C What’s Good is the monthly follow-up piece to our C What’s On round-up of the Criterion Channel’s monthly programming. Leaping off of the hard work done by our own Hubert Vigilla, I hope to select a few favorites or interesting picks and convince you they’re worth your time!
Kagerô (1991) Hideo Gosha
Hideo Gosha’s penultimate film is a stylish translation of the work he’d been doing tirelessly for some 30 years before Kagerô or Heat Wave released in the early ’90s. And while I think there are ups and downs to Gosha’s filmmaking in general, Kagerô ends up being such a badass and interesting slice of melodrama it’s totally worth your while.
Set in the early years of the Showa Era, Japan is embracing its imperialism abroad in 1928 when the daughter of a slain gambler ventures to the city to take revenge on the gangster who killed her father, entering an underbelly of the blossoming wealthy class that would emerge in modernizing-Japan.
Heat Wave was incredibly interesting for me as someone who is so used to seeing Japanese films set during the Edo Period (17th-19th century), with samurai and warring daimyo taking center stage. Heat Wave presents the wandering gamblers we might be familiar with from classic chanbara films, but pushes them ever-closer to modernity, in itself creating a film about the ways in which the Japanese were and continue to be at a crossroads of tradition and cutting-edge modernity.
Featuring the legendary Tatsuya Nakadai as a skilled gambler, some great sets and interesting cultural insights, and a climactic action set piece featuring the dual-wielding of a pistol and a katana, Heat Wave might not be a perfect film, but you’d be hard-pressed to find one steamier.
The King of Marvin Gardens (1972) Bob Rafelson
What the heck’s a “New Hollywood?” The King of Marvin Gardens, that’s what. Bob Rafelson and that maverick Jack Nicholson might have really hit the history books with Five Easy Pieces in 1970, but they hit my heart with their follow-up movie.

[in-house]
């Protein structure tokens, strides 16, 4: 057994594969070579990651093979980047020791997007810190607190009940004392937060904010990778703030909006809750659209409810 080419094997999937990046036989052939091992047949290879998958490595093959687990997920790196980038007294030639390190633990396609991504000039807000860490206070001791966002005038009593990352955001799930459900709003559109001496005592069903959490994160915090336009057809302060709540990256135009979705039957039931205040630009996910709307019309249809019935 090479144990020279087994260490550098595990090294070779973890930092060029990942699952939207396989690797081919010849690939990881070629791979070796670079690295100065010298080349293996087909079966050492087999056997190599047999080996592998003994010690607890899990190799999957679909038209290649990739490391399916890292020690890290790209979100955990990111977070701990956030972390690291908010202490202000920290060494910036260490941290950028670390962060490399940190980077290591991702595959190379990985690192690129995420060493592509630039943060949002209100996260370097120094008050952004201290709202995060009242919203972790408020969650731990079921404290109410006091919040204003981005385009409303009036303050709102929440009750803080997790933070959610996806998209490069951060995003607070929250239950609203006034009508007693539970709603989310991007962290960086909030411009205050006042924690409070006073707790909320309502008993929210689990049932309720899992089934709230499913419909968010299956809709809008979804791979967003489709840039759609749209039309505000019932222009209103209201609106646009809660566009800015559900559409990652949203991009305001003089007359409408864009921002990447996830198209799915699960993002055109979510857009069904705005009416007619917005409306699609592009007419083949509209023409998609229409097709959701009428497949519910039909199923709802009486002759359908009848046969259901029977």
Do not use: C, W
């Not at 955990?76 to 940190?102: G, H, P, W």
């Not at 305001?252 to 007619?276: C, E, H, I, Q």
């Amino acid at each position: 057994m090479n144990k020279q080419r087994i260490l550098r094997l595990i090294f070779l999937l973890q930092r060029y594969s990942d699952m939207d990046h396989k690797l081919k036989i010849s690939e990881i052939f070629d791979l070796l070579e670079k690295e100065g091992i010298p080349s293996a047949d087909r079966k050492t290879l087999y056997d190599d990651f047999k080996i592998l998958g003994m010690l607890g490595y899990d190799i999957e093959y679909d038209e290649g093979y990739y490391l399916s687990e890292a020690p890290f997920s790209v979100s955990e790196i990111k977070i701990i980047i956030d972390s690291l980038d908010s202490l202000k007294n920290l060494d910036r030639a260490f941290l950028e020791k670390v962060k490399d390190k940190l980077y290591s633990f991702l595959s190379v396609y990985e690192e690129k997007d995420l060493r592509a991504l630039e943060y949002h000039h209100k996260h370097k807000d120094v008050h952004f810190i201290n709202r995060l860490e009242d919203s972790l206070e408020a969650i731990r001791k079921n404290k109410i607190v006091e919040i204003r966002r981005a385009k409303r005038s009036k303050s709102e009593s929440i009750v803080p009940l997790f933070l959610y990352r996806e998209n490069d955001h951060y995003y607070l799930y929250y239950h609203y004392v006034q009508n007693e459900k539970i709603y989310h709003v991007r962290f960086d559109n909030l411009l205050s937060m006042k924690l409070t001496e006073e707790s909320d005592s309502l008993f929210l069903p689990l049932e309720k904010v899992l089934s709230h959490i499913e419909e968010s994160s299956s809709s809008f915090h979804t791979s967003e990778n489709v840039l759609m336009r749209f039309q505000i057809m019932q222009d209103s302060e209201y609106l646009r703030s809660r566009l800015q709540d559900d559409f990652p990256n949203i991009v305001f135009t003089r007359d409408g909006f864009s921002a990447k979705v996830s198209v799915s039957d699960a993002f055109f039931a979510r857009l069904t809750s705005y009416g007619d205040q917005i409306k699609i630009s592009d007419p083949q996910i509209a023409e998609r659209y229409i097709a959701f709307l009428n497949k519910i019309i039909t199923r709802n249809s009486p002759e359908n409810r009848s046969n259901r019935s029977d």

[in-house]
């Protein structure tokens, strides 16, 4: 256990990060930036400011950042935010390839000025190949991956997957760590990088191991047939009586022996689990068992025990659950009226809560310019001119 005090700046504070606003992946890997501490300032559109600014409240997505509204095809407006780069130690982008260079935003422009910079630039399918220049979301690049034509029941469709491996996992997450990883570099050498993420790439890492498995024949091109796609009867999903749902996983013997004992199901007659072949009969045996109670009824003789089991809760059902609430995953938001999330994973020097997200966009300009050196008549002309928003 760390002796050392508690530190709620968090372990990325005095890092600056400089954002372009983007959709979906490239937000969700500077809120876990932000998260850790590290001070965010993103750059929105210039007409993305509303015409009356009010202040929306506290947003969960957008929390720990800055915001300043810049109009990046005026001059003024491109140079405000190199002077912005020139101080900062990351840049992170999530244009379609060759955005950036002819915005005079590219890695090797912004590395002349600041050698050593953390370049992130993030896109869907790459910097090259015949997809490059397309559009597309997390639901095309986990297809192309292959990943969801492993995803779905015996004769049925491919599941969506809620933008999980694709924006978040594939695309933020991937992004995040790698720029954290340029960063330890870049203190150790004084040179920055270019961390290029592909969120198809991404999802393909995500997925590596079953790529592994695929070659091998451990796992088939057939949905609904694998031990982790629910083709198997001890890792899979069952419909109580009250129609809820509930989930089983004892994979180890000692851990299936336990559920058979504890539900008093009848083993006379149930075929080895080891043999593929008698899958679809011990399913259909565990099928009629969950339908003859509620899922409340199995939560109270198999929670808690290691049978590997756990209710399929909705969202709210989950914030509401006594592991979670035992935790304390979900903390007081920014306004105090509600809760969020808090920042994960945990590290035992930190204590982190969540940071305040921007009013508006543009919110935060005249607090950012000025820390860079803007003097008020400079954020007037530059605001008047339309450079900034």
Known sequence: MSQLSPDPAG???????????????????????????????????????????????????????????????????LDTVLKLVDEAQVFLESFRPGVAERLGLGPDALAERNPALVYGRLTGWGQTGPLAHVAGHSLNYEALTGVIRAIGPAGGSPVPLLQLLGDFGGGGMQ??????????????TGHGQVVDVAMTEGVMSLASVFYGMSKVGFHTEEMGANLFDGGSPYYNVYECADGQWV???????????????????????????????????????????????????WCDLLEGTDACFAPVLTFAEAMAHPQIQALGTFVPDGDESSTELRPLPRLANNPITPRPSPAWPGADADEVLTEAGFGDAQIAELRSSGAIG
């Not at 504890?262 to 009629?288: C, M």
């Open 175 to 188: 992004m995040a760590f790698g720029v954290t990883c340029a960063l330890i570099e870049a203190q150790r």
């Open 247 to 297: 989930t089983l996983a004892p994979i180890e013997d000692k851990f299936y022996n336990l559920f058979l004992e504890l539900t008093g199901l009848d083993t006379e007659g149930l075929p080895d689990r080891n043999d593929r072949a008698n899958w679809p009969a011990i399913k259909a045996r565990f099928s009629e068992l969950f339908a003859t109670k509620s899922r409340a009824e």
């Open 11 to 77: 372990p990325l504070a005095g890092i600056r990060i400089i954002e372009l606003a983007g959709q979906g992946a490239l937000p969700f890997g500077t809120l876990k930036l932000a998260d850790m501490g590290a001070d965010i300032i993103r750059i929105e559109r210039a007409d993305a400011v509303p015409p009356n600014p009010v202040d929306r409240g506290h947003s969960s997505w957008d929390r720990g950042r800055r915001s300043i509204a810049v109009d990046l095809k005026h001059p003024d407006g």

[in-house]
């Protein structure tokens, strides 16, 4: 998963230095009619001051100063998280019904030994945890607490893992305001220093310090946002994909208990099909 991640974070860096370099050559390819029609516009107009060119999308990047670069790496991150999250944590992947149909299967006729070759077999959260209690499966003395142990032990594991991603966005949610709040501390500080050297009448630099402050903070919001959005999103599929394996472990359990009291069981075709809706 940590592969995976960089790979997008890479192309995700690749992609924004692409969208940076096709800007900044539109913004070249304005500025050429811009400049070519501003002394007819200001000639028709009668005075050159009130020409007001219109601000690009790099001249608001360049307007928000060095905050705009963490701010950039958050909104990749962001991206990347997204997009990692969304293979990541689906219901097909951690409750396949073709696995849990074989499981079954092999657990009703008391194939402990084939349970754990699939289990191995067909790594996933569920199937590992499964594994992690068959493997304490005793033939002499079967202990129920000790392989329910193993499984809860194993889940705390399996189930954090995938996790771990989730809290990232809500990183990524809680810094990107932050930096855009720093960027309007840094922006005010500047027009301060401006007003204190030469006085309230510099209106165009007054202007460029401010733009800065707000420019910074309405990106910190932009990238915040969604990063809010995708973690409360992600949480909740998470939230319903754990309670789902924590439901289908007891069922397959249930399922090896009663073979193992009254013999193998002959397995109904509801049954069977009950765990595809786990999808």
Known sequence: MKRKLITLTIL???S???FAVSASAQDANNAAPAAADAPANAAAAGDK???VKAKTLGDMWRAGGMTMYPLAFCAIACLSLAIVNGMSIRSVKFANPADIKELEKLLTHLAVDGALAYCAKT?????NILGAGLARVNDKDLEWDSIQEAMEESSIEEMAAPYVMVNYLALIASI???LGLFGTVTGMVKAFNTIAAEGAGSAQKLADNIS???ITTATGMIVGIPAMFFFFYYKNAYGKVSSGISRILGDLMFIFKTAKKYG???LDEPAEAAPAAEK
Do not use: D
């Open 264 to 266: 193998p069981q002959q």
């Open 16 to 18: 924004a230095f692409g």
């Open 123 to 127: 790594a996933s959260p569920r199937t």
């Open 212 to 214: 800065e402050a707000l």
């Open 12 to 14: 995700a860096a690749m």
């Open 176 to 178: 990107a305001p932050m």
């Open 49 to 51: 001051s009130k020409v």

Hosting a somber, memoirish radio show out of Philadelphia, David Staebler (Nicholson) gets word from his brother Jason (Bruce Dern) up in Atlantic City, where David meets him to help bail him out of jail. A classic misunderstanding, the extroverted Jason insists. He also ropes David into his vision for enterprising real estate and casino ventures based off of the Jersey boardwalk, eventually sitting for lobster dinners with Japanese businessmen and rubbing shoulders with Atlantic City mobsters.
The King of Marvin Gardens is, maybe, a weird movie. Its role in the aforementioned New Hollywood, that era of American filmmaking where creators were taking to the streets with their cameras, leaving the studio sets behind, and watching all sorts of crazy foreign films. Who knew some guy looking for his bicycle could be so goshdarn compelling? Its narrative is vague, dots connecting in ways we might not be meant to understand or really concern ourselves with. Marvin Gardens is all about feeling. David’s depressive quiet, with Nicholson’s trademark deadpan is a fitting opposite to the fast-talking and grinning con game Bruce Dern plays as Jason.
With Ellen Burstyn and Julia Anne Robinson rounding out the group, The King of Marvin Gardens ends up a downbeat, quirky meditation on hopeless optimism in a stagnating American wasteland.
The Passion of Joan of Arc (1928) Carl Theodor Dreyer
Like many of you, I hope, I saw The Lighthouse not long ago. I loved it, Anthony Marzano loved it, and maybe you loved it! Well that wild and salty A24 story struck me as very similar to an old, old favorite of mine, Carl Dreyer’s The Passion of Joan of Arc.